Now you need to compile cmyth with XBMC. cmyth is a fork of XBMC as the developer has re-written some parts of XBMC to handle the Myth setup correctly. So I grabbed his sources and started compiling, hitting many incompatability problems along the way as debian packages were missing, I was running an old version of Ubuntu, so had to upgrade the distribution first. That took longer than I hoped, and if you do a custom compile, don't forget to put your ./configure command options in to make all your add-ons work. My line ended up as './configure --prefix=/usr --enable-vdpau --enable-static --disable-shared --enable-sdl --enable-rtmp' Doing this, a make and install got us up and running and I could see the EPG loading. Going in however I had about 10 BBC1's, 10 BBC2, etc. Basically what it had done is found each copy of the channel on the FreeSat devices, Freeview channels and just put each one into the listing, it didn't merge any! So that meant back to the MythTV listing setup (Also each time you go into myth-setup you have to shutdown the daemon, which disconnects all clients stopping TV from working again!). I tried again but found the channel editor impossible. Luckily I spotted the MythWeb add-on, went into that and found you can edit the channels through the web interface, so I went through removing channels I didnt want. But what to do about the duplicate BBC1? A bit more reading revealed that you should give these the same channel number. So find all the BBC1's in your listing and set them to a channel number (e.g. I used 101 to mirror the Sky numbering system). I've done that and sure enough it looks much better.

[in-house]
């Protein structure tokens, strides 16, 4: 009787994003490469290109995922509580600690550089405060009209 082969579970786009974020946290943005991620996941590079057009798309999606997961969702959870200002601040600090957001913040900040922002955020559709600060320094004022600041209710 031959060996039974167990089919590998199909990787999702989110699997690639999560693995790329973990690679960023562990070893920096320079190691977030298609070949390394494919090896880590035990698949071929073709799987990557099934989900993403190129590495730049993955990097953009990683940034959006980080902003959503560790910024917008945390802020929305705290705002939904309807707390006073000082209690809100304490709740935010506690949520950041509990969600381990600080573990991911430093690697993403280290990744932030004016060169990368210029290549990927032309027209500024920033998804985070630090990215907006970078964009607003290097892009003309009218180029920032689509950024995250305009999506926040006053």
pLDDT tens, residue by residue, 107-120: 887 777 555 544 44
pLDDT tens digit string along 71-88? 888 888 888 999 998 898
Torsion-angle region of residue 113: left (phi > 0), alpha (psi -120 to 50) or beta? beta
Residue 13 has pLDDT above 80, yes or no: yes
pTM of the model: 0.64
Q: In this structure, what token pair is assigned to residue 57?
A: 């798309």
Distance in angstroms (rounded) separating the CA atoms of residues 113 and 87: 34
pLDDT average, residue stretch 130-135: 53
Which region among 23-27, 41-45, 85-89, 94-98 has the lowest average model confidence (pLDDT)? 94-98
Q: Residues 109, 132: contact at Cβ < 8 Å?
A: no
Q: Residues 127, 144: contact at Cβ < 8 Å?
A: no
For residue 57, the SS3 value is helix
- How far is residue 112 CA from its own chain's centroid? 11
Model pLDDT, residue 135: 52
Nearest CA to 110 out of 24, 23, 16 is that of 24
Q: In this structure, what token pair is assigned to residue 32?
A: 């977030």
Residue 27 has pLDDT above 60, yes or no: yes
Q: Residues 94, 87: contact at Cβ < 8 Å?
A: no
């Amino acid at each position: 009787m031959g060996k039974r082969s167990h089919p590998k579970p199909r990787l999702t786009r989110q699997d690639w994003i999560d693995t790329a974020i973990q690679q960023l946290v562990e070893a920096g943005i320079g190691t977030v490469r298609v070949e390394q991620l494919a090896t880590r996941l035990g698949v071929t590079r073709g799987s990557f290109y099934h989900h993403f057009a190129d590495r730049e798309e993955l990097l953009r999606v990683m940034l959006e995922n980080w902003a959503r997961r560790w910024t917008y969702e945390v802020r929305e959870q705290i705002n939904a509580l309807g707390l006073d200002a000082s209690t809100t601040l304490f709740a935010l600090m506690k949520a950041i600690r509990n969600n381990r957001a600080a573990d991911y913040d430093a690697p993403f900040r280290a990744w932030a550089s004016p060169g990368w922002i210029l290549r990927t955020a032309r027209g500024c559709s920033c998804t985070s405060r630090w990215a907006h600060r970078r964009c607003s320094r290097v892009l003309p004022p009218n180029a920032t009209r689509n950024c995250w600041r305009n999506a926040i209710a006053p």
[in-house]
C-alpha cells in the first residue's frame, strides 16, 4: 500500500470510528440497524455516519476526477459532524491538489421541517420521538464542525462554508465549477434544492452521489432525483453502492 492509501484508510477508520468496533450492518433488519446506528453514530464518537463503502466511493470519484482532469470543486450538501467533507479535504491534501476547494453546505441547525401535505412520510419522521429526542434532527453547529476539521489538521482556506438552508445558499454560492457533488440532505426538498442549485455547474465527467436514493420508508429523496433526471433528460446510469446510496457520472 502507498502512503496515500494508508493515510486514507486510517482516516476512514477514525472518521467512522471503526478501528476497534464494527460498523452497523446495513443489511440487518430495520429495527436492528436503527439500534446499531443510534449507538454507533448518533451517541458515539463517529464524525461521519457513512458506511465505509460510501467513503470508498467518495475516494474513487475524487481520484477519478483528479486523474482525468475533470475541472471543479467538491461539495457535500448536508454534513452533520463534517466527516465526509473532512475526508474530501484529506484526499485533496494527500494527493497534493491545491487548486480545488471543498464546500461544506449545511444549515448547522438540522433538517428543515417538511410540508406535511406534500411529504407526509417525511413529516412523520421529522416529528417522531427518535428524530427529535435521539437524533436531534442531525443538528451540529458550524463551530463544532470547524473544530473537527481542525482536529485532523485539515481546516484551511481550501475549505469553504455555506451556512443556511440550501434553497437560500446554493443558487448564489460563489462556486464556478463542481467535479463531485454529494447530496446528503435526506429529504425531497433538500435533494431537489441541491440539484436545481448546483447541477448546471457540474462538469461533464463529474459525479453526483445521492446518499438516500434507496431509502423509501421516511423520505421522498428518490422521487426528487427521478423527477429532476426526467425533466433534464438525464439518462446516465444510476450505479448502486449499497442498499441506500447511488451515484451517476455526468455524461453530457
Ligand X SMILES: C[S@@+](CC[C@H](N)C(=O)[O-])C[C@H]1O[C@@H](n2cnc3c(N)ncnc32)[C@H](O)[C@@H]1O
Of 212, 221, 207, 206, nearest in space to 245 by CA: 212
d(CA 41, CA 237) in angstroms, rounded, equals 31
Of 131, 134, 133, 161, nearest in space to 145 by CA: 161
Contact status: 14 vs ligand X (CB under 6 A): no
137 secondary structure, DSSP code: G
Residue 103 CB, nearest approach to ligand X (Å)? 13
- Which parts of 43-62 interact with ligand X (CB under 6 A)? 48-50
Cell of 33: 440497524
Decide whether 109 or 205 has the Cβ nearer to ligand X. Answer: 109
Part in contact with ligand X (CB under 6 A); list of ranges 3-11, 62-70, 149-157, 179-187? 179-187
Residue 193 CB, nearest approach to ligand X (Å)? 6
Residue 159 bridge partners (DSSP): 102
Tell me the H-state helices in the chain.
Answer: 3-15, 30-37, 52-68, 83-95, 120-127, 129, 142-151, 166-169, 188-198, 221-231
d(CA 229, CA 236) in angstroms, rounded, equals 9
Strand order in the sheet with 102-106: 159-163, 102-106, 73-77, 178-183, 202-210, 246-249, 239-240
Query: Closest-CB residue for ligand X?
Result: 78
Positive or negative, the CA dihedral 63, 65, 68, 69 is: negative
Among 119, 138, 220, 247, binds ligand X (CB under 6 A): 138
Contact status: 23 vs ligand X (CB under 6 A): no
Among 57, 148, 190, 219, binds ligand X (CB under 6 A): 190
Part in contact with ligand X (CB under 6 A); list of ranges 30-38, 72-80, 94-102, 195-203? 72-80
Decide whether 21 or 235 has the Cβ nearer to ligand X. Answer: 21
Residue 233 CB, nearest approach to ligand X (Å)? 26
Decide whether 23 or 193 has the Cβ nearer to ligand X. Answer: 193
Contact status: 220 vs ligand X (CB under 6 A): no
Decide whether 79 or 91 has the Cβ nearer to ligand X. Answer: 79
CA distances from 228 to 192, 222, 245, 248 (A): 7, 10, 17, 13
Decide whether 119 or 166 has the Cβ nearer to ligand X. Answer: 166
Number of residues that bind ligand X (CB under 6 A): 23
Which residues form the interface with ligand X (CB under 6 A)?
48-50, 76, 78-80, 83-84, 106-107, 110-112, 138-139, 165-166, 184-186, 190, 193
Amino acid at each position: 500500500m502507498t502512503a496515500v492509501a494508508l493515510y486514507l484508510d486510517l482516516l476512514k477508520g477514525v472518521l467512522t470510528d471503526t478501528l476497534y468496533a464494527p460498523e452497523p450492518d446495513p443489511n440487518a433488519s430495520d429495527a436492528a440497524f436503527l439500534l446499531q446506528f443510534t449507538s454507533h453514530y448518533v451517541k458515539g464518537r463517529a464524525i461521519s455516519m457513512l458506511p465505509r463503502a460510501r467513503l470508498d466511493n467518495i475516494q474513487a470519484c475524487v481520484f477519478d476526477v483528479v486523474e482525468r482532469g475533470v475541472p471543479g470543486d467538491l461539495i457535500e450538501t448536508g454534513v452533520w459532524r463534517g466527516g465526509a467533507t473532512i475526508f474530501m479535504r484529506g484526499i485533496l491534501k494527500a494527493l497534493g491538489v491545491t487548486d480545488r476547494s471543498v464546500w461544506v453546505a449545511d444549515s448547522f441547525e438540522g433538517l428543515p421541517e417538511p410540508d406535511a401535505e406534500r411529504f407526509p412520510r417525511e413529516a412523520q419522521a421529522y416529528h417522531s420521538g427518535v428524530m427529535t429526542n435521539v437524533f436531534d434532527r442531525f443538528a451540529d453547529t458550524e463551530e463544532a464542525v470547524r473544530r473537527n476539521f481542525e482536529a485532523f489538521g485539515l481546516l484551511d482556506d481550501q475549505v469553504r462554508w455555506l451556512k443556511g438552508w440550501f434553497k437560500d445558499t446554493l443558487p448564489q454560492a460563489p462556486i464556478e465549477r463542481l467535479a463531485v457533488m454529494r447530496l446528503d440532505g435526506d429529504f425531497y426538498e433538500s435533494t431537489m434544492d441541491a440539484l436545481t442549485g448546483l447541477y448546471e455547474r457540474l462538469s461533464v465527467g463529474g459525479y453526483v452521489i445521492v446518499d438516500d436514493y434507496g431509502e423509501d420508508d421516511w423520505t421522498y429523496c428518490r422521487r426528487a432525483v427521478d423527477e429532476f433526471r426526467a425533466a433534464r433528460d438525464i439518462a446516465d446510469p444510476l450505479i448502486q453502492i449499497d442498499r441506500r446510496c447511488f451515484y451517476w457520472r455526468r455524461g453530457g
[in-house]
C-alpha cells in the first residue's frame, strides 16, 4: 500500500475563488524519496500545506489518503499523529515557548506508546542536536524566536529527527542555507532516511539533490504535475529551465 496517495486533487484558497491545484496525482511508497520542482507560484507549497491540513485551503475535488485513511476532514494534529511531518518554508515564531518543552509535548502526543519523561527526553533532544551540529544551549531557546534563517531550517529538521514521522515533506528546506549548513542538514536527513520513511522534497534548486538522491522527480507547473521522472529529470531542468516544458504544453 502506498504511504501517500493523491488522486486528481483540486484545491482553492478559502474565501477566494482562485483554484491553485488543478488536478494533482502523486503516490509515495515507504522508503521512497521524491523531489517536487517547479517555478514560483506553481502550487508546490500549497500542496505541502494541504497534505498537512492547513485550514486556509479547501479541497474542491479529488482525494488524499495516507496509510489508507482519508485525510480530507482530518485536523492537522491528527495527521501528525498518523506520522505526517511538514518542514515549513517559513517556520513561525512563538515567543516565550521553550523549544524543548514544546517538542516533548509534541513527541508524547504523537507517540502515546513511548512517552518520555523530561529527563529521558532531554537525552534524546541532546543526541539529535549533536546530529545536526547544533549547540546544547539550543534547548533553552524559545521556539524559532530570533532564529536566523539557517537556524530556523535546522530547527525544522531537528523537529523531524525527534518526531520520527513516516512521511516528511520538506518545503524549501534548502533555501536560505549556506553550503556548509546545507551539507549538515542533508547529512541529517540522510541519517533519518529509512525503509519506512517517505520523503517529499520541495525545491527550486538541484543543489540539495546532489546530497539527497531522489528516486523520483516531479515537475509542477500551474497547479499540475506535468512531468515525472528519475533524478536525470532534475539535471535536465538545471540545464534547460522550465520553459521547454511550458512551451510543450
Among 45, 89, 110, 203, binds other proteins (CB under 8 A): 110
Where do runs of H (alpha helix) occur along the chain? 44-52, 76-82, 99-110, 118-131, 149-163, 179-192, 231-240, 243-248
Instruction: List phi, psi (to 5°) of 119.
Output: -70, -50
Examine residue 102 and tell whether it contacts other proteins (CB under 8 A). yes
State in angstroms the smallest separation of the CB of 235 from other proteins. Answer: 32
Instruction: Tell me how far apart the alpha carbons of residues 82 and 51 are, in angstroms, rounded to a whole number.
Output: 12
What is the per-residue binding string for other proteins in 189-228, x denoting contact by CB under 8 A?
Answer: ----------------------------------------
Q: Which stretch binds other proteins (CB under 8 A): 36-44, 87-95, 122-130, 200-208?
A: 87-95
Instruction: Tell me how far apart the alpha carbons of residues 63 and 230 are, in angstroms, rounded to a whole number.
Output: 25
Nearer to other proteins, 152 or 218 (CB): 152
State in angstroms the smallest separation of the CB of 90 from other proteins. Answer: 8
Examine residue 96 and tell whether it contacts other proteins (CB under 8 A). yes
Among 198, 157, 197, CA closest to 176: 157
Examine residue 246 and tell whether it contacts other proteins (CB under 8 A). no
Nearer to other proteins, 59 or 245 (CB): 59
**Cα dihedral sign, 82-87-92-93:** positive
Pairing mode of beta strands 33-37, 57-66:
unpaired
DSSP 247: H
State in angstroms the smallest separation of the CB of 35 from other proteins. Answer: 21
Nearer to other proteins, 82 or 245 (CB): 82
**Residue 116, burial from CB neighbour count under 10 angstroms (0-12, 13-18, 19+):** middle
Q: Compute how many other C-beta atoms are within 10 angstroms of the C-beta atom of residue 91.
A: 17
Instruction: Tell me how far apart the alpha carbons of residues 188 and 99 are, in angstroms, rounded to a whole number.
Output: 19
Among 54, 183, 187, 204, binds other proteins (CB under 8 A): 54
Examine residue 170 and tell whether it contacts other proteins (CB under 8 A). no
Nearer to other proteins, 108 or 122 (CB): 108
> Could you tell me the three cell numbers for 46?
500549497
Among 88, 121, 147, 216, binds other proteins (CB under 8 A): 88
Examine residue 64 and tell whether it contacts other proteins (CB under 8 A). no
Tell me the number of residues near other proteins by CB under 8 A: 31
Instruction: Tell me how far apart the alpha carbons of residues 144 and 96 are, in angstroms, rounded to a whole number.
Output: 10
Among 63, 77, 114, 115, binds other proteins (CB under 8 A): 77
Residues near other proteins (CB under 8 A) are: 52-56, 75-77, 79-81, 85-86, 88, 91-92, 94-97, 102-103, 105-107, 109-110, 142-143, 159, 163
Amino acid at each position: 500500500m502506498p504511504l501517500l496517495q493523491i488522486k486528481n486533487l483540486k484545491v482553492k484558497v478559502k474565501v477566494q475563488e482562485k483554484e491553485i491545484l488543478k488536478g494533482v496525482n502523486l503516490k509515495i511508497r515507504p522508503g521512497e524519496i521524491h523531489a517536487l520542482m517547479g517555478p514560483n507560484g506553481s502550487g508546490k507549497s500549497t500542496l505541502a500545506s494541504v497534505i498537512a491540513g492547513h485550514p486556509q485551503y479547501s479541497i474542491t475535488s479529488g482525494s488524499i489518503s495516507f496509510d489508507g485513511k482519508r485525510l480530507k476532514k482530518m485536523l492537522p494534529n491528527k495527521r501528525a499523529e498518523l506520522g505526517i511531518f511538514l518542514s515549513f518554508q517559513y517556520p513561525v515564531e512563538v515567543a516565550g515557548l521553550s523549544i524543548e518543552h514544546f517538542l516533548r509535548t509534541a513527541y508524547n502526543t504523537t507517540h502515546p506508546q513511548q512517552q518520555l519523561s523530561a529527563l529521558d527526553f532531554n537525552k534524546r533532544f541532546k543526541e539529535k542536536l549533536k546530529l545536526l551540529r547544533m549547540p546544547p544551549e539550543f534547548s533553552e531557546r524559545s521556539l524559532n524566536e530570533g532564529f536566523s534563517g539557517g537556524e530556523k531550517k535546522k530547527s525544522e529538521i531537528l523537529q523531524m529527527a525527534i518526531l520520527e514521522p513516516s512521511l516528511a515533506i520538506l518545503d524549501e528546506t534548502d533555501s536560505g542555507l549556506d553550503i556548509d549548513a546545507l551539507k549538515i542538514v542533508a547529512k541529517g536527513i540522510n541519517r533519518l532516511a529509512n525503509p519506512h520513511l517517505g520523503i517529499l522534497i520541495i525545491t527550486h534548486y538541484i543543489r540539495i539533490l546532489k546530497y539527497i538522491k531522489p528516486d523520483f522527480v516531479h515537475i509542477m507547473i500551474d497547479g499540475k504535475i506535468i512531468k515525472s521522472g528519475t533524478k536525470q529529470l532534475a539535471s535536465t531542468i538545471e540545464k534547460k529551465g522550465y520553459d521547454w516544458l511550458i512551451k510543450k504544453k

The main problems I have now (and not solved):
- EPG loading time in XBMC is very slow. It can be up to 5 minutes and its not a good idea so start watching TV till this is finished as if you do that it seems to corrupt a lot of EPG entries. This is a pain as we all have to sit watching a loading bar before we watch TV now!
- After selecting a channel, it takes almost a minute before the channel engages and starts streaming
- Pressing anything like EPG, pause, etc, also freezes the playback for a few seconds as the box 'thinks'
- Channels without proper EPG still don't appear in the EPG line-up, so again this is a big problem!
So after all of these, I'm unsure if I should revert back to TVHeadend, as there are a few too many bugs and problems that are frustrating, and I'm not sure if the gains (Pause TV) is enough to warrant it. I may re-do all of it over the weekend back to TVHeadend and see if I can correct the few bugs remaining there myself!